Functional characterization of rhesus embryonic stem cell-derived serotonin neurons

Yukari Tokuyama, Susan L. Ingram, Joy S. Woodward, Cynthia L. Bethea

    Research output: Contribution to journalArticlepeer-review

    9 Scopus citations


    Optimal function of the serotonin system is essential for mental health and its role in psychopathologies is undisputed. Enhancing the ability to study primate serotonin neurons in culture would facilitate understanding of intracellular signaling pathways that mediate the action of drugs and other epigenetic or developmental factors impacting human mental health. We were the first group to report differentiation of the non-human primate rhesus monkey embryonic stem cell (ESC) line 366.4 into cultures of serotonin neurons. In this study, we optimized yield and obtained functional characteristics of the derived serotonin neurons. Sequential treatments of ESC 366.4 during expansion stage with fibroblast growth factor 4 and sonic hedgehog markedly increased the yield of serotonin neurons. These serotonin neurons propagated action potentials and expressed GABA receptors. Also, for the first time we demonstrate that these ESC-derived serotonin neurons exhibit functional high-affinity transporter sites, as well as high-affinity 5HT1A binding sites, which are essential targets of common psychoactive drugs. Finally, to test the generality of this method, we utilized another rhesus ESC line, ORMES-22, which efficiently differentiated into serotonin neurons. Together, these findings demonstrate the feasibility of our protocol to direct different primate ESC lines to serotonin neurons with physiological characteristics, which makes them a useful in vitro model system.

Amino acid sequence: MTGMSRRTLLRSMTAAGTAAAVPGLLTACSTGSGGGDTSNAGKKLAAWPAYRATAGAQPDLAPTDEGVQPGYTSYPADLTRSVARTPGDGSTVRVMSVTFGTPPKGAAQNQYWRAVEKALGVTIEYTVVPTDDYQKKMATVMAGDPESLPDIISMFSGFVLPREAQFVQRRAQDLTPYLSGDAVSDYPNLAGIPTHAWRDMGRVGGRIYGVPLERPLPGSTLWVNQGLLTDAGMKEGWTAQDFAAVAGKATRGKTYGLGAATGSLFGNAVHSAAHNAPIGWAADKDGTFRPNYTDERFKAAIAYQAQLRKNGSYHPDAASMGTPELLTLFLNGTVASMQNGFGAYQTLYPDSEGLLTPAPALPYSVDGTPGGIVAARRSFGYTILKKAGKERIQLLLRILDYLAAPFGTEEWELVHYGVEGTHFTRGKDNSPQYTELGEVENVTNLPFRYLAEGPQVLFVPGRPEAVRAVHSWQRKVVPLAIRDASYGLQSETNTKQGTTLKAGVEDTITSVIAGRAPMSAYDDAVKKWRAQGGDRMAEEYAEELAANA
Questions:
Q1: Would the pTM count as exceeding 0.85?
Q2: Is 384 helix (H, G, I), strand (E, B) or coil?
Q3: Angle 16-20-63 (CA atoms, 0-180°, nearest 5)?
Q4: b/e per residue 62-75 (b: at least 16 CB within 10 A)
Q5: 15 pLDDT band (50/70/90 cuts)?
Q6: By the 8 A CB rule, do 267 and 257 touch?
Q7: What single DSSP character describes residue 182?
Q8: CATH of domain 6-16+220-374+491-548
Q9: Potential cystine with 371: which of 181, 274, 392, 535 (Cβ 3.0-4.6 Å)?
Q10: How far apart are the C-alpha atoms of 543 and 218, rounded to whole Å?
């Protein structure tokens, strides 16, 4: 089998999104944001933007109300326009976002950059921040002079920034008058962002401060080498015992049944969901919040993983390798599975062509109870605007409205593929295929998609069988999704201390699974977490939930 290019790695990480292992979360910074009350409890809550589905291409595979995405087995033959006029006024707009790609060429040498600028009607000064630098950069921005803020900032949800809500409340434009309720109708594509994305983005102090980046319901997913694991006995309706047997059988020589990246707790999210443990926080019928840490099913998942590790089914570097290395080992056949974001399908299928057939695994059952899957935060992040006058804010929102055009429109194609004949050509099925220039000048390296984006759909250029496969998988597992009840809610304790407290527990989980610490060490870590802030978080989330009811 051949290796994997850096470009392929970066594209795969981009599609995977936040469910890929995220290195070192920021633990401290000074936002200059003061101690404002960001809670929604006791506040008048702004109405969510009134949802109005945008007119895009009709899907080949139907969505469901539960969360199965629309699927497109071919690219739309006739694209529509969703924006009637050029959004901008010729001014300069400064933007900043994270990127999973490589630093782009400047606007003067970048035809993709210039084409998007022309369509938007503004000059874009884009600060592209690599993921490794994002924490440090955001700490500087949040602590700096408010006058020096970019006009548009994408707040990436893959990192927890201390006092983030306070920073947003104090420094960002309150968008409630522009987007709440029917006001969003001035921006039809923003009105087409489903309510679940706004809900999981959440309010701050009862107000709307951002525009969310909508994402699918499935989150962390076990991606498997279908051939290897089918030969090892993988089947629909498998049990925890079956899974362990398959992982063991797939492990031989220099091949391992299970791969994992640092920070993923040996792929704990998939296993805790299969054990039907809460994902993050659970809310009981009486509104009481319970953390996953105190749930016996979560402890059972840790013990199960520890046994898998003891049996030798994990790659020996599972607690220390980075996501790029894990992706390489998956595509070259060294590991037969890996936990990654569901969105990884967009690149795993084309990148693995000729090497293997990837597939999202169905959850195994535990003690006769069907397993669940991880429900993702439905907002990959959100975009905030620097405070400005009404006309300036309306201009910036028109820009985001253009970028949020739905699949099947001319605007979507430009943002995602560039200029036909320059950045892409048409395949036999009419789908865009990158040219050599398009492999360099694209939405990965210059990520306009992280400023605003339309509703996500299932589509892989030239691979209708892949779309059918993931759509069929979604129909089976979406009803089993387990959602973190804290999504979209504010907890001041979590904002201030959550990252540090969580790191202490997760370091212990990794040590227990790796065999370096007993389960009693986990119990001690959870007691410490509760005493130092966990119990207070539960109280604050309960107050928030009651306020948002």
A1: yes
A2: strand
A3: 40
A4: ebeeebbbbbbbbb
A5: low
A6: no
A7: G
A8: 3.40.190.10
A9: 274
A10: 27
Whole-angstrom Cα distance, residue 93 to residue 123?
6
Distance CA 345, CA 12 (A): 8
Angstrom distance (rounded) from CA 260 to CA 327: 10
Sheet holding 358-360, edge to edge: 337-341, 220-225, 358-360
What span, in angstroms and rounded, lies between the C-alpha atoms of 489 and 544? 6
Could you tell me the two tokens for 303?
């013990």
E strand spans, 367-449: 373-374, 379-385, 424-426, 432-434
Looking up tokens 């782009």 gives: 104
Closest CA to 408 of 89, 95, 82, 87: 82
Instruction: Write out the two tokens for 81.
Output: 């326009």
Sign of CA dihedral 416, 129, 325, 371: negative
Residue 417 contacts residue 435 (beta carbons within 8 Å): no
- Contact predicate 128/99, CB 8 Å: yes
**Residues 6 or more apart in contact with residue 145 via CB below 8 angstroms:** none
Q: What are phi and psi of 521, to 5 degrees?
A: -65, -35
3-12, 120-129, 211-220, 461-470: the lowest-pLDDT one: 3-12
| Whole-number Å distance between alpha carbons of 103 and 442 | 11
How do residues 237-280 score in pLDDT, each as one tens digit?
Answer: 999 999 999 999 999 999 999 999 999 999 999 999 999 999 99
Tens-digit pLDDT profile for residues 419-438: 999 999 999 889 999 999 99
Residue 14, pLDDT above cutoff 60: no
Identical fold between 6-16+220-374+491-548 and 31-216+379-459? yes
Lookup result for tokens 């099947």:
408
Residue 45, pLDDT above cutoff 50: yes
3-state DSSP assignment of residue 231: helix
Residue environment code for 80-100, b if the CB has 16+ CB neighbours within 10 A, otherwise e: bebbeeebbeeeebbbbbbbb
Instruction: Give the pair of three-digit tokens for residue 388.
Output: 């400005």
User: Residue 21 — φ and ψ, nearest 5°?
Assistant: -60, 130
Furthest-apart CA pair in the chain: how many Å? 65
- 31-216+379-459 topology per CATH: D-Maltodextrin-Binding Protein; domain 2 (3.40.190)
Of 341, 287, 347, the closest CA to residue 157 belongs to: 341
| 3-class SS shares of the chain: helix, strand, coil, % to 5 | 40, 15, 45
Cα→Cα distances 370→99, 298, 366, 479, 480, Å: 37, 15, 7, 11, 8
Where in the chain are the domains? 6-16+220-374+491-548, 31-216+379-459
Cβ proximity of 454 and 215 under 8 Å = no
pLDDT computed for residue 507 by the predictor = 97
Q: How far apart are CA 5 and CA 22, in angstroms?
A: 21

Original languageEnglish (US)
    Pages (from-to)649-657
    Number of pages9
    JournalExperimental Biology and Medicine
    Issue number5
    StatePublished - May 2010


    • 5HT autoreceptor
    • Differentiation
    • Embryonic stem cells
    • Rhesus macaque
    • Serotonin
    • Serotonin reuptake transporter

    ASJC Scopus subject areas

    • General Biochemistry, Genetics and Molecular Biology


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